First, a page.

A nuclear row over Scottish energy policy has broken out in Holyrood with the Conservatives urging the Scot-government to accept atom power has a place to play and that relying entirely on renewables is unrealistic.
The row ignited after an Oxford University energy expert said Scot-Government plans to rely 100% on renewables is unrealistic and that Scotland would continue to rely on coal, nuclear and gas-generated electricity for some time to come.
Prof. Dieter Helm – a long-standing support of nuclear power – said in an article published in a London-based publication: “(First Minister) Salmond has talked about 100% renewables for Scotland. Well, it’s nonsense. Wind is intermittent by definition.
“You have to ask a very simple question; even if you wanted to do this, what are you going to do when the wind doesn’t blow?
“The truth is Scotland relies on baseload nuclear power, coal and gas to balance its system and it will have to for a very long time to come. Full stop.”
Conservative party energy spokesman, Murdo Fraser, MSP – who is also Chairman of the Scottish Parliamentary Energy Committee – said: “Everyone agrees renewables can have a place, but to suggest Scotland could become completely reliant on them is unrealistic.
“And if aggressively pursued, this could risk energy supplies across the country.
“With a change of First Minister it’s time for a change in energy policy.
“The current obsession with windfarms not only won’t work, but jeopardises the scenic value of many parts of Scotland.
“The Scottish Government should listen to the views of this world-renowned energy expert.”
The nuclear/energy policy row came on the same day that one of the UK’s biggest windfarm companies – Infinis Energy – announced that its half-year profits had sagged by more than 8% because of falls in wind speeds needed to drive its turbines.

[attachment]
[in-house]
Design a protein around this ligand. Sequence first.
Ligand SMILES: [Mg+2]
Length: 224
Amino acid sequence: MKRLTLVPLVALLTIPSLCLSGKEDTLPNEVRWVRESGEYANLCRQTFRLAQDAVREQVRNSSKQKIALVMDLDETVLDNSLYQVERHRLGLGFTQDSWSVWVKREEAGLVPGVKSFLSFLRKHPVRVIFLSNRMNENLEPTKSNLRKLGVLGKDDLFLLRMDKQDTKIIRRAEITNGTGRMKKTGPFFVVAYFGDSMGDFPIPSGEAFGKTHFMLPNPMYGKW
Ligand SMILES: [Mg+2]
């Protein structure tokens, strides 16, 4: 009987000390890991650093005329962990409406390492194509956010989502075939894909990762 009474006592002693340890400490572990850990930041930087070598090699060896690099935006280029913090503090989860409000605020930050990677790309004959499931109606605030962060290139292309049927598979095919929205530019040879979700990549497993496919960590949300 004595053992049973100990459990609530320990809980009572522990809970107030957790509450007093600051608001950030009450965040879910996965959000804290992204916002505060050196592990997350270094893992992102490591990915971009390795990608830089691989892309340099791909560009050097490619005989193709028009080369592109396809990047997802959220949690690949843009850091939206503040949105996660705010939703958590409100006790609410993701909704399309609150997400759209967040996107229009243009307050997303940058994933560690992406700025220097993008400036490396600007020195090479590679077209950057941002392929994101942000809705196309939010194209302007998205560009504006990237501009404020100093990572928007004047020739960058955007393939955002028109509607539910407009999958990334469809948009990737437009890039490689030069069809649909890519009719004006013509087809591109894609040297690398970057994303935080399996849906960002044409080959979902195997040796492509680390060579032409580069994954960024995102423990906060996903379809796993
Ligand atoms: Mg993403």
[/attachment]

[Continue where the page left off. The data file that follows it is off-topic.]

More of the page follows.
In the six months to the end of September 2014, Infinis’ earnings before operating exceptionals were £59.1 million – a fall of £4.8 million on last year – principally driven by below average UK wind speeds.
Infinis chairman Ian Marchant, said: “Whilst wind speeds trended below average for the six months to 30 September 2014 compared to the comparative period, we are starting to see more usual weather patterns occur in the United Kingdom.
“We remain convinced of the important role that onshore wind has to play in UK energy supply. Onshore wind delivers renewable power at affordable prices and, we believe, it has an important role to play in securing the nation’s supply of power.”
Marchant, formerly chief executive at Scottish & Southern Energy plc, is also chairman of the Scot-Government’s 2020 Climate Change body.
A Scottish Government spokesperson said: “The Scottish Government’s target is to deliver the equivalent of at least 100% of gross electricity consumption from renewables by 2020 as part of a wider, balanced electricity mix.
“Statistics published in September estimate that renewables met a record-breaking 46.4% of gross electricity consumption in 2013 – up from 39.9% in 2012.
“This shows 2014 is on track to be another record year for renewable electricity generation in Scotland, with 30% higher generation in the first half of 2014 compared to the same period last year, demonstrating that renewable generation continues to go from strength to strength in Scotland and we are making good progress towards our 2020 targets.”
Meanwhile, Scottish Energy Minister Fergus Ewing yesterday hosted a meeting in Holyrood on safety at Scotland’s nuclear power stations – Torness, near Edinburgh and Hunterston, North Ayrshire following unplanned reactor shutdowns, which prompted a parliamentary question from Green MSP Alison Johnstone.
Presentations were made by management representatives from EDF – the state-owned French utility which owns the Scottish nuclear stations – and from the UK Office for Nuclear Regulation (ONR).
Brian Cowell, Director of Nuclear Operations, Hunterston-B nuclear power station Director Colin Weir, and Torness nuclear power station Director Paul Winkle gave a presentation from EDF Energy.
They spoke about EDF nuclear operations in Scotland, the key way route cracks found in one of the reactors at Hunterston B power station, a gas circulator issue at Hunterston B power station and the application to SEPA on waste discharges from both Hunterston and Torness.